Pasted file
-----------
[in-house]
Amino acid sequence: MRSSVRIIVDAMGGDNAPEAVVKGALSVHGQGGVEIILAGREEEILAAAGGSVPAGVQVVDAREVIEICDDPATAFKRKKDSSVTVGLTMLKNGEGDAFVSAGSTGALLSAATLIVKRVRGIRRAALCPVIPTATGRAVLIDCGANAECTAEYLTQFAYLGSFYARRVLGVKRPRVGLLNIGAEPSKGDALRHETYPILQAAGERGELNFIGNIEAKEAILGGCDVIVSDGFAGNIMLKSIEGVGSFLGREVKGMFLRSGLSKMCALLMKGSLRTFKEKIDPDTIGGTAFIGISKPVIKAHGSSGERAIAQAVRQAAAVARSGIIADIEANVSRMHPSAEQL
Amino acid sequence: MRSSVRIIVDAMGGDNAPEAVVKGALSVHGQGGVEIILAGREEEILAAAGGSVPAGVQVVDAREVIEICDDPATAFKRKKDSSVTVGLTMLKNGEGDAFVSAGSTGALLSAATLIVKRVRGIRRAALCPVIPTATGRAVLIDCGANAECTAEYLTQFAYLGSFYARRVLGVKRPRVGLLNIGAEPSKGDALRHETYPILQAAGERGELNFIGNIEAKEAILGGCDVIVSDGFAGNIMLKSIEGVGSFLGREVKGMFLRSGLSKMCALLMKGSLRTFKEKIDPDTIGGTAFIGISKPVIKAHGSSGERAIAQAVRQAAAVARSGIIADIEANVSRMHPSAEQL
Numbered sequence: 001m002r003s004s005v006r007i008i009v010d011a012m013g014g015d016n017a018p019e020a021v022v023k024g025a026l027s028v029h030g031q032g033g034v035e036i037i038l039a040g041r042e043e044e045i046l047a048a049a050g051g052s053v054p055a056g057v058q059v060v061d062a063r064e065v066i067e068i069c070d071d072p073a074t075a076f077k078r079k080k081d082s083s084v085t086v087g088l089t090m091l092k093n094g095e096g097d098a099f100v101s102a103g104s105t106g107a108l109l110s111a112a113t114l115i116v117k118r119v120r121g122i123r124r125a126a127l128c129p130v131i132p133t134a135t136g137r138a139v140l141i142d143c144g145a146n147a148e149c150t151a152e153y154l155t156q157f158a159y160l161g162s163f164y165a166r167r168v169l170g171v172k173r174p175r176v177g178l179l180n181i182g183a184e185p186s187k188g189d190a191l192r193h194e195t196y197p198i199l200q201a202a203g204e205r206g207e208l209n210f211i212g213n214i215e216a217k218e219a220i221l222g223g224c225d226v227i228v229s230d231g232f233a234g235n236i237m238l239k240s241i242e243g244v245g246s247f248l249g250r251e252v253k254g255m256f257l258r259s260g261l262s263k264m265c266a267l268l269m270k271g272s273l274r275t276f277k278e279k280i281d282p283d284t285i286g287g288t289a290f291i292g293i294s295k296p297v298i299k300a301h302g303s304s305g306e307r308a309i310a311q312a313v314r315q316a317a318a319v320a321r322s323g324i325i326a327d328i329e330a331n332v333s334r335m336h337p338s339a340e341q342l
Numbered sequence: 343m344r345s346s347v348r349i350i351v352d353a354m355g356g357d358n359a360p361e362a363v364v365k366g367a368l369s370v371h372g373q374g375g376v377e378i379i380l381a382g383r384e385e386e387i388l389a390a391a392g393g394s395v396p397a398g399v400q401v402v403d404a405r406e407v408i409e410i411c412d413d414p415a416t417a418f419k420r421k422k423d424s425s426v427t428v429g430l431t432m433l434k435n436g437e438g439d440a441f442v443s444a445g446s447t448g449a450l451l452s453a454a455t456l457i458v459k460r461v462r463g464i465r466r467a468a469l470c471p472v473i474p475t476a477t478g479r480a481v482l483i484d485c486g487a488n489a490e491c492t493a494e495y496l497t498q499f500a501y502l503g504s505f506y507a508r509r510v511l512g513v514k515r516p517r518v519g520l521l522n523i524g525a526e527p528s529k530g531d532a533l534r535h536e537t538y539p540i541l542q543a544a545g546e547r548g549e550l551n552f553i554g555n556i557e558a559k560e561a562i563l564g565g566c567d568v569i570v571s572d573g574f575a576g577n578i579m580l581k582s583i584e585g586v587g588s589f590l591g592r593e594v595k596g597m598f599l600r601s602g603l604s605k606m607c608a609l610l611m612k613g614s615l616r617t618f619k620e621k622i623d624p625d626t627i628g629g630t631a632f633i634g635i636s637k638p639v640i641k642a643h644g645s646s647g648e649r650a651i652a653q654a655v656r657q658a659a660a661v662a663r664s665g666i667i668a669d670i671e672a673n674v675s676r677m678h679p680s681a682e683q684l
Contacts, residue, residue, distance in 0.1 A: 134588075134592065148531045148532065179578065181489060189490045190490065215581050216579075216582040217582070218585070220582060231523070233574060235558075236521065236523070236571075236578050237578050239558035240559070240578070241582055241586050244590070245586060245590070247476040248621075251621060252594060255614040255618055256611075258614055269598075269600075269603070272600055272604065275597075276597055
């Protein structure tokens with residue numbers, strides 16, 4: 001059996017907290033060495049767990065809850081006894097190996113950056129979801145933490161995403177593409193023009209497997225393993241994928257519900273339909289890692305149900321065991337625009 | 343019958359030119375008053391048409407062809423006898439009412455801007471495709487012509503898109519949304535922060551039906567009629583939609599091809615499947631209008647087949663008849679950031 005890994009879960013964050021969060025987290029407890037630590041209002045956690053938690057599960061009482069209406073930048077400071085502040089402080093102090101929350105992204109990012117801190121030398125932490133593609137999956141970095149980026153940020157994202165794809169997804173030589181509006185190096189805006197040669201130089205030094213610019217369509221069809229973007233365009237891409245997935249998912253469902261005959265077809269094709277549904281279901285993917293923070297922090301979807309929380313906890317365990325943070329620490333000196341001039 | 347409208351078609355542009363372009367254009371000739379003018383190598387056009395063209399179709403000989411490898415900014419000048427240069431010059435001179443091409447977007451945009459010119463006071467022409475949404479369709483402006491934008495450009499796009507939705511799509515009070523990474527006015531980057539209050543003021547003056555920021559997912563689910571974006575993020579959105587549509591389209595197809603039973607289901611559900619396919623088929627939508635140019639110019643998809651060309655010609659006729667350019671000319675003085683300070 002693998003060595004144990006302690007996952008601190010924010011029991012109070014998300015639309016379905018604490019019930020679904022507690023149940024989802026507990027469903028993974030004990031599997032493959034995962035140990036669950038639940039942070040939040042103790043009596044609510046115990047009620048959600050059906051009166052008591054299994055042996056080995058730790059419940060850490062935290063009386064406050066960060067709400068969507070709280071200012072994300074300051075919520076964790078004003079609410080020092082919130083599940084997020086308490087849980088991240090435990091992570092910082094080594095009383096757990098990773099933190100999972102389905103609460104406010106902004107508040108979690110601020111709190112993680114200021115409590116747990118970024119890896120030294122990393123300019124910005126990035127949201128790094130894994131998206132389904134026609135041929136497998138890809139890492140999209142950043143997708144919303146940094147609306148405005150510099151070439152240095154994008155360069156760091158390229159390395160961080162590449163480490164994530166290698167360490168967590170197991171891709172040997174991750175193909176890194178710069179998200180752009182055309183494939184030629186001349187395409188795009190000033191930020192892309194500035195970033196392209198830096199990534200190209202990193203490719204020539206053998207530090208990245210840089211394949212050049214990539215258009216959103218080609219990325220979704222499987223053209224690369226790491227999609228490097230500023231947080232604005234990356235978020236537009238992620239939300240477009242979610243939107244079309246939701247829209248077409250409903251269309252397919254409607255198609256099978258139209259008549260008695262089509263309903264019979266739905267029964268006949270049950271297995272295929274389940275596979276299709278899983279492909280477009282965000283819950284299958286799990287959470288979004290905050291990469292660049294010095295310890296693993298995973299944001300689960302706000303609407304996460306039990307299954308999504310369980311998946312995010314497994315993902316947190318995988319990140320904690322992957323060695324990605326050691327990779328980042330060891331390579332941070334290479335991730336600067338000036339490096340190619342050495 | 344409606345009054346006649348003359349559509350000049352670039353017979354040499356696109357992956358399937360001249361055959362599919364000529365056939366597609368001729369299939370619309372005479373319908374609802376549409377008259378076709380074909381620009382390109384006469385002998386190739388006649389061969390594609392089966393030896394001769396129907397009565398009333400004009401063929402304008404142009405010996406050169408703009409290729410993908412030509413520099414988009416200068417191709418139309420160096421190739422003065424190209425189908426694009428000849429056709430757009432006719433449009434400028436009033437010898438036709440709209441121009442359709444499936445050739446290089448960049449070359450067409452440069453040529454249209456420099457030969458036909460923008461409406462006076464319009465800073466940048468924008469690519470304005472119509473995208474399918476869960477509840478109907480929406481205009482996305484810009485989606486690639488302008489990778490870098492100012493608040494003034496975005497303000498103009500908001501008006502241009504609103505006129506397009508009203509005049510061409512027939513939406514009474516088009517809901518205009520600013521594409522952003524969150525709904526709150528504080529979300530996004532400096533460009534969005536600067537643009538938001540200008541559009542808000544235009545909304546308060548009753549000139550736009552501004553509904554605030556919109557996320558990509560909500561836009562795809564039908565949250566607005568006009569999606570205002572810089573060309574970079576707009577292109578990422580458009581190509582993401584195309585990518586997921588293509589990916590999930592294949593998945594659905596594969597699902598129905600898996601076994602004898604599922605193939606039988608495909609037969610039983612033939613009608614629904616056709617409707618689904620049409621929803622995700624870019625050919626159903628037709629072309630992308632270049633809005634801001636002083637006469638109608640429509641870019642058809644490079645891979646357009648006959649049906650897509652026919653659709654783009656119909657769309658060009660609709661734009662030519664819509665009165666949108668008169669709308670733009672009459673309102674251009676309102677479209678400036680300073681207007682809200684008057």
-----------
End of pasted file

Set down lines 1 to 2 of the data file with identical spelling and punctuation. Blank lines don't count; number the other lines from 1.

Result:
[in-house]
Amino acid sequence: MRSSVRIIVDAMGGDNAPEAVVKGALSVHGQGGVEIILAGREEEILAAAGGSVPAGVQVVDAREVIEICDDPATAFKRKKDSSVTVGLTMLKNGEGDAFVSAGSTGALLSAATLIVKRVRGIRRAALCPVIPTATGRAVLIDCGANAECTAEYLTQFAYLGSFYARRVLGVKRPRVGLLNIGAEPSKGDALRHETYPILQAAGERGELNFIGNIEAKEAILGGCDVIVSDGFAGNIMLKSIEGVGSFLGREVKGMFLRSGLSKMCALLMKGSLRTFKEKIDPDTIGGTAFIGISKPVIKAHGSSGERAIAQAVRQAAAVARSGIIADIEANVSRMHPSAEQL